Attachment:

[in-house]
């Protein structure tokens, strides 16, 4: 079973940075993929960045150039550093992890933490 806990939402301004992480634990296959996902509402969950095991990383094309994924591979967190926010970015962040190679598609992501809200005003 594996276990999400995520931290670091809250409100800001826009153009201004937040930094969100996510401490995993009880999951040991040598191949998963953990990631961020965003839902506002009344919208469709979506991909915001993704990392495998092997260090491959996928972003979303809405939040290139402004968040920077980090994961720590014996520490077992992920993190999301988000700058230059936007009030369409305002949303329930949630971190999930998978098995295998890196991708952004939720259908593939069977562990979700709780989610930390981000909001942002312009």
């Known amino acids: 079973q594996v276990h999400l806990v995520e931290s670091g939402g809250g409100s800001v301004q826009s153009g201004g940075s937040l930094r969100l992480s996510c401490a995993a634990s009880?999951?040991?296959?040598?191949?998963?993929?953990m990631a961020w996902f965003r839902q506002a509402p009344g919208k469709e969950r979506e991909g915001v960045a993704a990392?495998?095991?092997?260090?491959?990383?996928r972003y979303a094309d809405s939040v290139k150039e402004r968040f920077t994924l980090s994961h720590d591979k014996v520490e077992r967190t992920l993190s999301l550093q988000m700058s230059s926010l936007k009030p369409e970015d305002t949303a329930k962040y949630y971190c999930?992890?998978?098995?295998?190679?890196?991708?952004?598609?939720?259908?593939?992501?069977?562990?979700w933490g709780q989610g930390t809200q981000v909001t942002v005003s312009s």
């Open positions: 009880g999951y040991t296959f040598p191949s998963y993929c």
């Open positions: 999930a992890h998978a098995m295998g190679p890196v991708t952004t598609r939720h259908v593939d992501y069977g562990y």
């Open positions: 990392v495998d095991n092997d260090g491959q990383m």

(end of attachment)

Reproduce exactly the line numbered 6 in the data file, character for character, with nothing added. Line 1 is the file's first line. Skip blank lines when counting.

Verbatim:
């Open positions: 990392v495998d095991n092997d260090g491959q990383m």